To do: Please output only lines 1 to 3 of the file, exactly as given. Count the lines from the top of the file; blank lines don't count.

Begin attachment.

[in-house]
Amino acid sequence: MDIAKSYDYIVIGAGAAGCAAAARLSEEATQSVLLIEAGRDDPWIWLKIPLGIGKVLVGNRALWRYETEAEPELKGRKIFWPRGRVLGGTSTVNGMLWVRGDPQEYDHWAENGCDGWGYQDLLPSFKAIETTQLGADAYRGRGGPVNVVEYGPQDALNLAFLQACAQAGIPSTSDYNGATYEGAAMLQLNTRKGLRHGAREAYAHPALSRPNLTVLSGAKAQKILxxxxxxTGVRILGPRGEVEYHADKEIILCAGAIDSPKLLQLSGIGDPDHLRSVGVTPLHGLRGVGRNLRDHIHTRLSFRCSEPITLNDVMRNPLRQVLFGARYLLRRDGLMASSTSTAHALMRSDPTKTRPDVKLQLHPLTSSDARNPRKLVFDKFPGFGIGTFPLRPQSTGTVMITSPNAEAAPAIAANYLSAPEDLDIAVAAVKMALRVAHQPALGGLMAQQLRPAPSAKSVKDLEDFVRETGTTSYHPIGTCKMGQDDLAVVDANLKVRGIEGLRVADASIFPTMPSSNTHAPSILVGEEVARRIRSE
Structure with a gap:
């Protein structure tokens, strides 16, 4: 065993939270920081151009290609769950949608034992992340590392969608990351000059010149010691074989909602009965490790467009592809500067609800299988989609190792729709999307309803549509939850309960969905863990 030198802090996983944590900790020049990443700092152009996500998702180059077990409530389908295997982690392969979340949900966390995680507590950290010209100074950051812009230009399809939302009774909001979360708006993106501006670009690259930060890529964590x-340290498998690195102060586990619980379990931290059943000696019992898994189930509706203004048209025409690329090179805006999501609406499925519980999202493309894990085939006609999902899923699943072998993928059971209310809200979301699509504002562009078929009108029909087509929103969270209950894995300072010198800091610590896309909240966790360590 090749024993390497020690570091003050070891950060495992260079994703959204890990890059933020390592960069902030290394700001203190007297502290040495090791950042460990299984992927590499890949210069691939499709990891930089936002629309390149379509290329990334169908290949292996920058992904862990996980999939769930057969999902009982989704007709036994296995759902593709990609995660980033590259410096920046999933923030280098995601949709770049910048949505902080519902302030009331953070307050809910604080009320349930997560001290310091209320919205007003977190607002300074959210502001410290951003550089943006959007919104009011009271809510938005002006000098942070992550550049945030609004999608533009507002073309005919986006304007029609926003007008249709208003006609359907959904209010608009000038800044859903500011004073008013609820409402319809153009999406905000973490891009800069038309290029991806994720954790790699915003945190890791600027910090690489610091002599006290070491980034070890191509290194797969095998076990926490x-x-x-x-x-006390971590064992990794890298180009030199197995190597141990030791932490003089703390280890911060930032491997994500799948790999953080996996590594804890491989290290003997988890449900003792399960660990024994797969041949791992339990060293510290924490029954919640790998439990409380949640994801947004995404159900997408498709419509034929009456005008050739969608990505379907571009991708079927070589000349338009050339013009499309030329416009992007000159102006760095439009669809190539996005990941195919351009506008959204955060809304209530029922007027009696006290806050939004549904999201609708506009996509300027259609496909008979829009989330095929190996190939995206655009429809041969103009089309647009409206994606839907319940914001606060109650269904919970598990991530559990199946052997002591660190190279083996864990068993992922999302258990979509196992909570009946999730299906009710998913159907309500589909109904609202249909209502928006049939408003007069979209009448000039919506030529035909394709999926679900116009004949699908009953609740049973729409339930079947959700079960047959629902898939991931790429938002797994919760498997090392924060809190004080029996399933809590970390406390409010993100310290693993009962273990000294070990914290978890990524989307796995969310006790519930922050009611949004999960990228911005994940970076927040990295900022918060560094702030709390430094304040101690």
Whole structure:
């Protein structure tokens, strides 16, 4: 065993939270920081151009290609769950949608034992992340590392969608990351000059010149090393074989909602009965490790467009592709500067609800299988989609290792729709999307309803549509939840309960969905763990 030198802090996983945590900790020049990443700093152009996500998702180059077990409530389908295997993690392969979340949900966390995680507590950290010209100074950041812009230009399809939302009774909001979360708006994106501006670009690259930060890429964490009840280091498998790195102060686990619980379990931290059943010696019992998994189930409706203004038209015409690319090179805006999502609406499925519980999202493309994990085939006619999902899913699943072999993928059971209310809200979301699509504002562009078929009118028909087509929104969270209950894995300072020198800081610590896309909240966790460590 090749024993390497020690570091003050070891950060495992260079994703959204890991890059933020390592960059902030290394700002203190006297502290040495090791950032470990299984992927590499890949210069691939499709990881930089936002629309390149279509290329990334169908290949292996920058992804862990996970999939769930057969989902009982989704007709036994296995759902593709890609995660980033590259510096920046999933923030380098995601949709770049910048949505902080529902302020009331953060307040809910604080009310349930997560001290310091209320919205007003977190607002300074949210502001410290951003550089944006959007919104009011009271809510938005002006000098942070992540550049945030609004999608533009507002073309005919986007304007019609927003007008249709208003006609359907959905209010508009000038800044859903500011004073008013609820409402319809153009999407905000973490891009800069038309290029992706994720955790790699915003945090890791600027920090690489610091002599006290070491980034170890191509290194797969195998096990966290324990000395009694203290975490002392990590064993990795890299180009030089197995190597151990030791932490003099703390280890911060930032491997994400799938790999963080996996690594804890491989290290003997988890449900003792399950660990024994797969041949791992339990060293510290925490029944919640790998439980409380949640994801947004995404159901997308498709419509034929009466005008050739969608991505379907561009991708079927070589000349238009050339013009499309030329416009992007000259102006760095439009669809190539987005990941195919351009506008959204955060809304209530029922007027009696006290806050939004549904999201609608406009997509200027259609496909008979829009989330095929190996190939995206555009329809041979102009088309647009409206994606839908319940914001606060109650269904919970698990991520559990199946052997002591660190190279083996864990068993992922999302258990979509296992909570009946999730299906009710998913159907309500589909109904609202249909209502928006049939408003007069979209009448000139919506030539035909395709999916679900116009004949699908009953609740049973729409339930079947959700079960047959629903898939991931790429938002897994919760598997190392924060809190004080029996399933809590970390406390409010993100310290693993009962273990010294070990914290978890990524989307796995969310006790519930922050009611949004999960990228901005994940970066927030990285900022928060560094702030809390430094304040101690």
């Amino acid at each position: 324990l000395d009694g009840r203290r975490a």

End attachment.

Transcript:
[in-house]
Amino acid sequence: MDIAKSYDYIVIGAGAAGCAAAARLSEEATQSVLLIEAGRDDPWIWLKIPLGIGKVLVGNRALWRYETEAEPELKGRKIFWPRGRVLGGTSTVNGMLWVRGDPQEYDHWAENGCDGWGYQDLLPSFKAIETTQLGADAYRGRGGPVNVVEYGPQDALNLAFLQACAQAGIPSTSDYNGATYEGAAMLQLNTRKGLRHGAREAYAHPALSRPNLTVLSGAKAQKILxxxxxxTGVRILGPRGEVEYHADKEIILCAGAIDSPKLLQLSGIGDPDHLRSVGVTPLHGLRGVGRNLRDHIHTRLSFRCSEPITLNDVMRNPLRQVLFGARYLLRRDGLMASSTSTAHALMRSDPTKTRPDVKLQLHPLTSSDARNPRKLVFDKFPGFGIGTFPLRPQSTGTVMITSPNAEAAPAIAANYLSAPEDLDIAVAAVKMALRVAHQPALGGLMAQQLRPAPSAKSVKDLEDFVRETGTTSYHPIGTCKMGQDDLAVVDANLKVRGIEGLRVADASIFPTMPSSNTHAPSILVGEEVARRIRSE
Structure with a gap: